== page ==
I mentioned Paul Carroll’s The Poem in Its Skin in the previous post but forgot to scan the cover. So here it is. I have to scan it because it’s out of print, along with all of the books from Carroll’s Follett Books imprint, Big Table Books. Via Big Table Carroll published the fat and important anthology The Young American Poets (1968), as well as the first collection of W. S. Merwin’s translations of Antonio Porchia, Voices, and Bill Knott‘s maiden volume The Naomi Poems, Book One: Corpse and Beans, attributed to Knott’s pseudonym “Saint Geraud,” whose dates on the title page are given as 1940-1966. (Luckily for us, Knott survived the demise of his alter-ego.) There is a good deal more to Carroll, of course, some of which is discussed in Paul Hoover’s memoir of his friend and mentor. Quite awhile back I quoted a poem of Carroll’s in the context of a post about Hokusai, but Perpetual Birders, I think, deserve to hear more from him. His finest poems are too long for me to wrestle with the HTML formatting, but here’s a shorter one that provides a taste:
Ode to Fellini on Interviewing Actors for a Forthcoming Film
Wasps and flowers fill the 1910 confession box.
Hot. Hot. But the lovely Witch of the North, wearing
a Puritan black velvet hat
a backless black bikini,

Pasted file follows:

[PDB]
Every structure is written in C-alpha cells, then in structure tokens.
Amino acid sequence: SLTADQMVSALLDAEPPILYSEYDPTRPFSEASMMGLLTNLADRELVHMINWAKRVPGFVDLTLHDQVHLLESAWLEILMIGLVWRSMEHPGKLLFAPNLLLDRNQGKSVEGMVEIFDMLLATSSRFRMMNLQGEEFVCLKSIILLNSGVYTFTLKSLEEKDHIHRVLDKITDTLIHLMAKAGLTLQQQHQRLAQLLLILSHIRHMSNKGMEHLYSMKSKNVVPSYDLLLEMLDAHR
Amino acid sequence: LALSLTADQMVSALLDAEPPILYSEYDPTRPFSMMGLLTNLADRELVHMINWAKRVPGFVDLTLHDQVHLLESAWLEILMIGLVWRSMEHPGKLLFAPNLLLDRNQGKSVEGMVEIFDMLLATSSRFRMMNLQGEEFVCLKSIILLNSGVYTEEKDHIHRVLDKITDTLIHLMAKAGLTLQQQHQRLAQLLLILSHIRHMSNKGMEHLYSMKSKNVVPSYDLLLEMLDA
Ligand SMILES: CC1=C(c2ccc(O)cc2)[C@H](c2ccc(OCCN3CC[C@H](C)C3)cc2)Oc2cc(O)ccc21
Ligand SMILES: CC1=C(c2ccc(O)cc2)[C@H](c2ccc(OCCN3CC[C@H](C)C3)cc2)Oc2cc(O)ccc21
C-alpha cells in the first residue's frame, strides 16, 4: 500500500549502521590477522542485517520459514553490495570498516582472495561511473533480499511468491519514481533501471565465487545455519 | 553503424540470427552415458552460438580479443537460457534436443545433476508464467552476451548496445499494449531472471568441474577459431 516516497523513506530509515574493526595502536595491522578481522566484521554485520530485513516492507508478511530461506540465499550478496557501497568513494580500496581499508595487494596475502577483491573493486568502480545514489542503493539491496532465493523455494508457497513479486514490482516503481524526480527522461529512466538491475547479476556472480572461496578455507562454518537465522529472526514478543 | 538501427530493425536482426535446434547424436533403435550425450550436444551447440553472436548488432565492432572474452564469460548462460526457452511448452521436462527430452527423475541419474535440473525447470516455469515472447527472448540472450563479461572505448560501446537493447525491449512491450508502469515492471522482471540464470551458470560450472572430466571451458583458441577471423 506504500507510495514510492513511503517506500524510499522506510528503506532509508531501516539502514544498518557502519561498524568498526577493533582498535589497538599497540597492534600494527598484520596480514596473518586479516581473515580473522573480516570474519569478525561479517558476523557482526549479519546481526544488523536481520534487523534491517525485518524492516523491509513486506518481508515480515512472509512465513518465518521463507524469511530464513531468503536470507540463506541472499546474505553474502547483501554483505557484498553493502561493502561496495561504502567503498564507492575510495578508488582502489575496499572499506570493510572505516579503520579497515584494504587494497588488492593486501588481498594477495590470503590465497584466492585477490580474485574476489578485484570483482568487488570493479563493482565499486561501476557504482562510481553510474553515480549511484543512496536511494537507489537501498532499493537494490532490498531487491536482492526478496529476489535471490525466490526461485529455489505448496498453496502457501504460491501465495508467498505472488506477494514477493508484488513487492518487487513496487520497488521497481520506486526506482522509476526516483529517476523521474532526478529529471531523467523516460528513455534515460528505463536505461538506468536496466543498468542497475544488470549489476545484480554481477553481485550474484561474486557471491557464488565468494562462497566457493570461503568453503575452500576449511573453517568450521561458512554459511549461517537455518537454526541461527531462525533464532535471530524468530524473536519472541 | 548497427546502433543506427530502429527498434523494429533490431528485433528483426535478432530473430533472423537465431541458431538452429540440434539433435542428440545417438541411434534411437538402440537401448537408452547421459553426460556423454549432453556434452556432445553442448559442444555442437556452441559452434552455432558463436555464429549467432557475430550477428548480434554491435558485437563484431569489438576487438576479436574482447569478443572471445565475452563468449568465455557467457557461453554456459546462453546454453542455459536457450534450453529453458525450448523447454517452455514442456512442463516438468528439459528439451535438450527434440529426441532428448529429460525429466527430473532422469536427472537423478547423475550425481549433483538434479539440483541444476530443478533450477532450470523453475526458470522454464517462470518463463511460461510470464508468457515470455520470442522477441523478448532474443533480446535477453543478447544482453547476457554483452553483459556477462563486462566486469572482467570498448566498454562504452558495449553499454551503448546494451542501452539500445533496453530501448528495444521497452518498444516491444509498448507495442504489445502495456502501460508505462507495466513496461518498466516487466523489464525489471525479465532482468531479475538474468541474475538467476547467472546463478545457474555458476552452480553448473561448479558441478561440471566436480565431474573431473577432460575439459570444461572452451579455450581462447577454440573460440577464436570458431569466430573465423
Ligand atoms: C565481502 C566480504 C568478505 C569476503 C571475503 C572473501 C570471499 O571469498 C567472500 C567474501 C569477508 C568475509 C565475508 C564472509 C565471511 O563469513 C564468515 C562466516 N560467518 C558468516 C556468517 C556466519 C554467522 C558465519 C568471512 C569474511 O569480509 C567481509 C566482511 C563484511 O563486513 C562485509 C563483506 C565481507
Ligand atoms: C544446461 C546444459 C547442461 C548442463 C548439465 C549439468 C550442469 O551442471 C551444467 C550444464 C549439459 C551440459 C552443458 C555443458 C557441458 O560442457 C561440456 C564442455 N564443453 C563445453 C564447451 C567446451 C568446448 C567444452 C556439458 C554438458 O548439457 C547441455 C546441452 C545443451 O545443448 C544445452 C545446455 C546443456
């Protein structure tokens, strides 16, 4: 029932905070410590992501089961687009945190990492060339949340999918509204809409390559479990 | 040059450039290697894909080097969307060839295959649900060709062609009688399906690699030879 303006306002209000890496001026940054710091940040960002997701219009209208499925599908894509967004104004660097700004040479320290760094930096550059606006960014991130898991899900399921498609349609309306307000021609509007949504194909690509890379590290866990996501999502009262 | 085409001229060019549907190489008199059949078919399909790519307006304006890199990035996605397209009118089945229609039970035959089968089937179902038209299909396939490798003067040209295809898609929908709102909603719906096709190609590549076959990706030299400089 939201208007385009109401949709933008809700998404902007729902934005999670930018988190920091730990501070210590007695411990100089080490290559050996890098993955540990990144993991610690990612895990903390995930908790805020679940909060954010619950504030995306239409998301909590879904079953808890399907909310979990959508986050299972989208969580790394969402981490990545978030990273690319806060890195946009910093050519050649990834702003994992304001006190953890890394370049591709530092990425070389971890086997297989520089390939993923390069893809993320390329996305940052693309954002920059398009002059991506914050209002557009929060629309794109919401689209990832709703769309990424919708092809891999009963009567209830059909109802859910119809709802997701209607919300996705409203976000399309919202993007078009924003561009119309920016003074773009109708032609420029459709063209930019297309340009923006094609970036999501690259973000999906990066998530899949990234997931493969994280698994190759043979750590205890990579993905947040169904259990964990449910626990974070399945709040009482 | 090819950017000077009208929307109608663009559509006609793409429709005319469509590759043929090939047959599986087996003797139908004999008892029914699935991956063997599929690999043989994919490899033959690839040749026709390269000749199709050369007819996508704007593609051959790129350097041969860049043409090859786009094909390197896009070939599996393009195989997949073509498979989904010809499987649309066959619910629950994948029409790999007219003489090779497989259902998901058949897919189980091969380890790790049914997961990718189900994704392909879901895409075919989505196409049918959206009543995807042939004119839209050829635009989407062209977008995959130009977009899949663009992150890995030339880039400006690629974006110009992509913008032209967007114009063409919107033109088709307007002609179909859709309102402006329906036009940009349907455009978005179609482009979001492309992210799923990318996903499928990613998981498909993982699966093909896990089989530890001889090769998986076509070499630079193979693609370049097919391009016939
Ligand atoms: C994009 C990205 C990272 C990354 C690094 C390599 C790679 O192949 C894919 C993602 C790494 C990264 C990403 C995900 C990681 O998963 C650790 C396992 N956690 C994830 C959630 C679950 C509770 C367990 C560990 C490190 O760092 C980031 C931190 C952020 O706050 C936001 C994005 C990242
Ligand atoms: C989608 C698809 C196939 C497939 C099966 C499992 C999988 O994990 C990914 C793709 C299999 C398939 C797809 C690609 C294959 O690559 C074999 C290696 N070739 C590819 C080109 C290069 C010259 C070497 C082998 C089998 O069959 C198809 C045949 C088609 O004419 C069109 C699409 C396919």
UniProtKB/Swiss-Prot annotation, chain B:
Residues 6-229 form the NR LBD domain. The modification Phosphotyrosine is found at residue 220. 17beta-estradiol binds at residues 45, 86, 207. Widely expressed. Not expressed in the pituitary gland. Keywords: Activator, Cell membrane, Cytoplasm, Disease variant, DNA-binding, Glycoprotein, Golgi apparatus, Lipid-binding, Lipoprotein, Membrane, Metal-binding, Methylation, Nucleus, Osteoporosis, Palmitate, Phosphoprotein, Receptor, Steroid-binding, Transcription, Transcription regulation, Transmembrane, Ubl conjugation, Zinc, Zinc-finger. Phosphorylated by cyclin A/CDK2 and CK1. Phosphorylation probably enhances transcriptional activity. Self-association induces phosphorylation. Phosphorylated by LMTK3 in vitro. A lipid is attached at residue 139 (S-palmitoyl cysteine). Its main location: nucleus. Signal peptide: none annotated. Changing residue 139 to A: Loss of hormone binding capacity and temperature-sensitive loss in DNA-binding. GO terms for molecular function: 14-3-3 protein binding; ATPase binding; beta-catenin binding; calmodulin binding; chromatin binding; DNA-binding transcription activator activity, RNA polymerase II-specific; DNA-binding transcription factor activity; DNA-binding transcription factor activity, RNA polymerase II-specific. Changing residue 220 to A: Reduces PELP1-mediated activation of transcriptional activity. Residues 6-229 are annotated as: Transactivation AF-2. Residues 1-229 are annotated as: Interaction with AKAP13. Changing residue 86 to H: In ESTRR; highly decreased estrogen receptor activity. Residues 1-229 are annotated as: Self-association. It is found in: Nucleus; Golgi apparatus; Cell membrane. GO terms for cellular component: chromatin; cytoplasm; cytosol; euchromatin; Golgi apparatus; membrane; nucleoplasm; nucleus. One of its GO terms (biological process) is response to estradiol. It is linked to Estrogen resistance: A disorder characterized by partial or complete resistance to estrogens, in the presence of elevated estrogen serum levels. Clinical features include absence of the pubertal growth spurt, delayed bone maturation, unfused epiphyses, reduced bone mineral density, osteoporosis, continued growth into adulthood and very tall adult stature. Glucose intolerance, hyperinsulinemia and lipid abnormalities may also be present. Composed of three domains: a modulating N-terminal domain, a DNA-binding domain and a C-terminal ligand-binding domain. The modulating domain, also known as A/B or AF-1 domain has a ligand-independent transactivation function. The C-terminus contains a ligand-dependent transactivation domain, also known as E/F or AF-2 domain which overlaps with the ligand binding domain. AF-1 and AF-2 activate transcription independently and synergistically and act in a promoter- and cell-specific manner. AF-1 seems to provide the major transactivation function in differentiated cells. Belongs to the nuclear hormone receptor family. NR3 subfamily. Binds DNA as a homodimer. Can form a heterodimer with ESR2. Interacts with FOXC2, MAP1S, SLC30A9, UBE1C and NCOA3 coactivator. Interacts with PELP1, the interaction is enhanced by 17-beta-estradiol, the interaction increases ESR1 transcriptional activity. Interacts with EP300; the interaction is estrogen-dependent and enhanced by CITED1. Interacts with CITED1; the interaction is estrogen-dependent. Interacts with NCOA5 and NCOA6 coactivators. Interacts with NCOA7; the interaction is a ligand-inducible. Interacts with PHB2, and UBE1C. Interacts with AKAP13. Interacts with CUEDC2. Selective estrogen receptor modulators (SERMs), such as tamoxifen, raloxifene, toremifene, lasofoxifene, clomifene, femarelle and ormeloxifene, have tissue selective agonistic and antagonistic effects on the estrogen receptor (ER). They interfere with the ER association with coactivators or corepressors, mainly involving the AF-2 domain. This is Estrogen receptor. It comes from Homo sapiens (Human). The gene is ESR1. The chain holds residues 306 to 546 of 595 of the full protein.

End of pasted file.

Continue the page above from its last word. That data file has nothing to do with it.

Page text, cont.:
pedals slowly on her bicycle about the beach
at St. Tropez. Two Mercy nuns, whose fingers stink
like stale blue milk or Labrador,
herd us across the schoolyard
protected by the Swiss Guards of the snow;
we kneel, itching
inside snowsuits, wet, around the marble altar rail.
Monsignor floats in from the sacristy,
pressing a glass relic box against
his belly; we cry and kiss
the hairy knuckle of the virgin martyr. The hands
of Christ are the muscles of the sun:
they make flesh and bone from bread
and blood from ordinary
table wine. There is another moon,
its slow tides
the menstrual flow of the nuns. Around your office table
crowd an old alcoholic circus cloqwn,
a Christmas doll and three umbrellas
and Anita Ekberg’s mother
in a photo. Rain falls on artificial flowers. What
if everything comes from the sea? The angels
are ecstatic fish. Or helicopters.
And you, Fellini, are
a deep-sea diver, searching for the sex
of God. Good luck.
That’s from Carroll’s first collection, Odes (pictured in my previous post), like all his work, now out of print. It’s curious, I think, that no one with connections has stepped up to engineer a Collected Poems of Paul Carroll, via the University of California Press, for example. And it’s odd that Carroll has been utterly passed over by the maven of American poetic history, Ron Silliman, whose massive blog mentions Carroll only once—in a list of poets left out of Hayden Carruth’s anthology The Voice that Is Great Within Us; this although Carroll had a prominent place in Silliman’s Bible, Donald Allen’s The New American Poetry, 1945-1960. Well, Carroll was open to American poetry’s various tribes, but he was not a joiner—which may explain the eclipse in which his writing continues to languish.